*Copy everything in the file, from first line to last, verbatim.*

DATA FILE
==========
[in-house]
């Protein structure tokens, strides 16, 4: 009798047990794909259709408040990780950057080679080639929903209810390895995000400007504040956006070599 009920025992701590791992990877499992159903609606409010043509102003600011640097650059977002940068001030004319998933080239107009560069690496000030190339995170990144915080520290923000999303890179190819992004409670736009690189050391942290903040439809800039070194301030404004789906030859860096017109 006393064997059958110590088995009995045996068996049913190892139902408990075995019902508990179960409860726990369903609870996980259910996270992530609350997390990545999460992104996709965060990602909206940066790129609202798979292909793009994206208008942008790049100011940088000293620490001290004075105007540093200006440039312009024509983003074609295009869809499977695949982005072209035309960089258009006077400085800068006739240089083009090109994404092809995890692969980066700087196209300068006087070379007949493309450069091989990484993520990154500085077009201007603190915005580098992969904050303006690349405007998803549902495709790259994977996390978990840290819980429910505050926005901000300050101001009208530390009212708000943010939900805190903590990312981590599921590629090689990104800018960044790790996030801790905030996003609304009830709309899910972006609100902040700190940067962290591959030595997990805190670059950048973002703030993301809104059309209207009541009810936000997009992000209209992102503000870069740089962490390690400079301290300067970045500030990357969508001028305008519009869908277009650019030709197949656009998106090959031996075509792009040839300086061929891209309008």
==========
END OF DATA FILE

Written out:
[in-house]
């Protein structure tokens, strides 16, 4: 009798047990794909259709408040990780950057080679080639929903209810390895995000400007504040956006070599 009920025992701590791992990877499992159903609606409010043509102003600011640097650059977002940068001030004319998933080239107009560069690496000030190339995170990144915080520290923000999303890179190819992004409670736009690189050391942290903040439809800039070194301030404004789906030859860096017109 006393064997059958110590088995009995045996068996049913190892139902408990075995019902508990179960409860726990369903609870996980259910996270992530609350997390990545999460992104996709965060990602909206940066790129609202798979292909793009994206208008942008790049100011940088000293620490001290004075105007540093200006440039312009024509983003074609295009869809499977695949982005072209035309960089258009006077400085800068006739240089083009090109994404092809995890692969980066700087196209300068006087070379007949493309450069091989990484993520990154500085077009201007603190915005580098992969904050303006690349405007998803549902495709790259994977996390978990840290819980429910505050926005901000300050101001009208530390009212708000943010939900805190903590990312981590599921590629090689990104800018960044790790996030801790905030996003609304009830709309899910972006609100902040700190940067962290591959030595997990805190670059950048973002703030993301809104059309209207009541009810936000997009992000209209992102503000870069740089962490390690400079301290300067970045500030990357969508001028305008519009869908277009650019030709197949656009998106090959031996075509792009040839300086061929891209309008």